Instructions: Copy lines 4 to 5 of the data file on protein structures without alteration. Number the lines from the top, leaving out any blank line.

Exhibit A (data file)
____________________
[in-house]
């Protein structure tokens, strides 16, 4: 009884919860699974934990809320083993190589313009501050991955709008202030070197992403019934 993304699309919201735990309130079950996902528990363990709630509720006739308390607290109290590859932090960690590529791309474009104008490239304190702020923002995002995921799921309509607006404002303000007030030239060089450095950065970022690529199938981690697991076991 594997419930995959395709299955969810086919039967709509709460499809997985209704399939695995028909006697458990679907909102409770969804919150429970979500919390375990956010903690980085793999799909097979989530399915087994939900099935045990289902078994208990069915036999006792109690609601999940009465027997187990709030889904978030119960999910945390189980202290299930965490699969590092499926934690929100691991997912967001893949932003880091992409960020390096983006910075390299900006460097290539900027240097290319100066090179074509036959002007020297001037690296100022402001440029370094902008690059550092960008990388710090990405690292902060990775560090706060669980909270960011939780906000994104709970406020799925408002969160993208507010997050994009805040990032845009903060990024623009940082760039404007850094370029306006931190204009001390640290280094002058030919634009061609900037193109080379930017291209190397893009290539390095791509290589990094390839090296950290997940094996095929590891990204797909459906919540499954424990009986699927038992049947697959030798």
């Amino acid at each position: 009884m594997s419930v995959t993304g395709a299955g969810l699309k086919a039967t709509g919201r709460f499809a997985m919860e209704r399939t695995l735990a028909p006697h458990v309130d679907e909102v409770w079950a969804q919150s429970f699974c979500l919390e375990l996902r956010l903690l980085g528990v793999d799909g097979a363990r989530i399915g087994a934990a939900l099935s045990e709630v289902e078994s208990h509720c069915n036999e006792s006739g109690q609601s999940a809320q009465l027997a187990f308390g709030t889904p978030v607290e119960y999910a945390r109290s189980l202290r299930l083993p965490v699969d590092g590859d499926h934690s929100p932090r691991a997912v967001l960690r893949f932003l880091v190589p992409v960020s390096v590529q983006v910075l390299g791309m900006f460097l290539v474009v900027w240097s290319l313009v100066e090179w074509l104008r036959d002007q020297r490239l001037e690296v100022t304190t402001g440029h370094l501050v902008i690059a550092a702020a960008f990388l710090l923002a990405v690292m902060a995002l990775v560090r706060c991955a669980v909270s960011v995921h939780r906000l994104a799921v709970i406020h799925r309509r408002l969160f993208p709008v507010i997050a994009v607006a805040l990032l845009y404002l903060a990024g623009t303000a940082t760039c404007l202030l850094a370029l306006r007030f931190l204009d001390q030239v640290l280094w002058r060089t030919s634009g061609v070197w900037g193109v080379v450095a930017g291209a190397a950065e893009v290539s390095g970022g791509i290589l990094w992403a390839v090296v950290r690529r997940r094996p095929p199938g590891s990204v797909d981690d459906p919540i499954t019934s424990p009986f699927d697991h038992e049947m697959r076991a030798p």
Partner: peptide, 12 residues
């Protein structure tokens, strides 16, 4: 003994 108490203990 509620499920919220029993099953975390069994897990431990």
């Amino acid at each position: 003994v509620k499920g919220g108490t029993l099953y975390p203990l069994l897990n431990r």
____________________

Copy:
Partner: peptide, 12 residues
């Protein structure tokens, strides 16, 4: 003994 108490203990 509620499920919220029993099953975390069994897990431990």